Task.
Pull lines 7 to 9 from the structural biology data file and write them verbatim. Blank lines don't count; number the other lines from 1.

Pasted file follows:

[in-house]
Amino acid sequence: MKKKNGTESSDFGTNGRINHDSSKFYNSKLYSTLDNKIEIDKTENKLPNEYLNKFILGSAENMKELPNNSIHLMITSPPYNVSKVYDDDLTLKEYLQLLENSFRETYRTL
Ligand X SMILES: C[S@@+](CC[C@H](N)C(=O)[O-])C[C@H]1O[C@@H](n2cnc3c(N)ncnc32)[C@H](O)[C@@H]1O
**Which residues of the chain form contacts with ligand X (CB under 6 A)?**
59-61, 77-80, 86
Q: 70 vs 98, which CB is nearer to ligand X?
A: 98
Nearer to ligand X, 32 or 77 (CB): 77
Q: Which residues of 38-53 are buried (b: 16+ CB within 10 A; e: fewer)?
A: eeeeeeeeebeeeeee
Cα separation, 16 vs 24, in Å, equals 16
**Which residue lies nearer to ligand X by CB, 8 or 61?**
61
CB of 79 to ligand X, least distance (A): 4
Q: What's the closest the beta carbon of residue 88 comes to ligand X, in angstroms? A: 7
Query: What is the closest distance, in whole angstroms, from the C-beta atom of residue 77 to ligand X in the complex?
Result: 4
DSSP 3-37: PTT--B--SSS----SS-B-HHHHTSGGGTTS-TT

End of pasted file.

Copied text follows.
A: 98
Nearer to ligand X, 32 or 77 (CB): 77
Q: Which residues of 38-53 are buried (b: 16+ CB within 10 A; e: fewer)?